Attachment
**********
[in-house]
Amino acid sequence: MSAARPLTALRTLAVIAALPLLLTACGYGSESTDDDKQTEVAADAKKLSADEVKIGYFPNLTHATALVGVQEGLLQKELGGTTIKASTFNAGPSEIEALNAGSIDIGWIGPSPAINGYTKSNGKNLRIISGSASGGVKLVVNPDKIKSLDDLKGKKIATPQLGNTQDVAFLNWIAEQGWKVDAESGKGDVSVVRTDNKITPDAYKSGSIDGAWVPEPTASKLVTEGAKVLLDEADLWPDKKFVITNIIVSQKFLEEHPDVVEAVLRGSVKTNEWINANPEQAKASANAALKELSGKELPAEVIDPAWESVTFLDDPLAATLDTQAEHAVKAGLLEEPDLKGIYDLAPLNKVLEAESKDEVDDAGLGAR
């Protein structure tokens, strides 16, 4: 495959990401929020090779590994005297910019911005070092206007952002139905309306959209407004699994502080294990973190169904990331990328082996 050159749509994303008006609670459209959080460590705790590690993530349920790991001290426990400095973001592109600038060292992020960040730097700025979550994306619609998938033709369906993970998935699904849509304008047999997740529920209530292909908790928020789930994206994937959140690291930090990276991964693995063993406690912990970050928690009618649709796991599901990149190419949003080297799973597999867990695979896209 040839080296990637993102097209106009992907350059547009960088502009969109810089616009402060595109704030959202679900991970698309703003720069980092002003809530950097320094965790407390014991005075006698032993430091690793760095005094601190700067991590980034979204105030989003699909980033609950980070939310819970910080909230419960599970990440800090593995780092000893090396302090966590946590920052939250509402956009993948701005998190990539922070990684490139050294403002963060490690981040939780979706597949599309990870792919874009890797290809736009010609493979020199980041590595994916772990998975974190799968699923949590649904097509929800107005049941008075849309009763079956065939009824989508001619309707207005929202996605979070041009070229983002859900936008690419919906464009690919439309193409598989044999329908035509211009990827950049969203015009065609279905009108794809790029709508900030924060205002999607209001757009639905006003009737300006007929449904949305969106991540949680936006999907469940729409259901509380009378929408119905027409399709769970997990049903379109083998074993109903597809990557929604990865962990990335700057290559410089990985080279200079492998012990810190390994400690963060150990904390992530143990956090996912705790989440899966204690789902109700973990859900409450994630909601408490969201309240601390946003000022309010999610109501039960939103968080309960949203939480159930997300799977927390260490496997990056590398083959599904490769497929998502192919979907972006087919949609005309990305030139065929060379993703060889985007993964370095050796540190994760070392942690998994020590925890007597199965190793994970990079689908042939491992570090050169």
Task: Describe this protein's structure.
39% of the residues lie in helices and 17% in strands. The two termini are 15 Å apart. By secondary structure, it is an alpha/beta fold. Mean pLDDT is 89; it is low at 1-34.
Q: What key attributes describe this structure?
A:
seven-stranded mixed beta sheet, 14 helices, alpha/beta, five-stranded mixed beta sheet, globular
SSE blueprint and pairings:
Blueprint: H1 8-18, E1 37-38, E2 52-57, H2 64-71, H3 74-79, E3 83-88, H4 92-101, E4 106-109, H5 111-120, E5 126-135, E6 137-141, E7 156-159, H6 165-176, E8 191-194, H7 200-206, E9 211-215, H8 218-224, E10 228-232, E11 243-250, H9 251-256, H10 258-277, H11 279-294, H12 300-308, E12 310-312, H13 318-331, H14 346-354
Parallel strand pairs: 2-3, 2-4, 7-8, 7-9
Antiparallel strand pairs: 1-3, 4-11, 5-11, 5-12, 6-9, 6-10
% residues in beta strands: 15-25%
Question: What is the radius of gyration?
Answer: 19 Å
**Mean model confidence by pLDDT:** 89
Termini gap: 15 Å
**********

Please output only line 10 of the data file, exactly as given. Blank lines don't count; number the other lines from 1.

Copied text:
Blueprint: H1 8-18, E1 37-38, E2 52-57, H2 64-71, H3 74-79, E3 83-88, H4 92-101, E4 106-109, H5 111-120, E5 126-135, E6 137-141, E7 156-159, H6 165-176, E8 191-194, H7 200-206, E9 211-215, H8 218-224, E10 228-232, E11 243-250, H9 251-256, H10 258-277, H11 279-294, H12 300-308, E12 310-312, H13 318-331, H14 346-354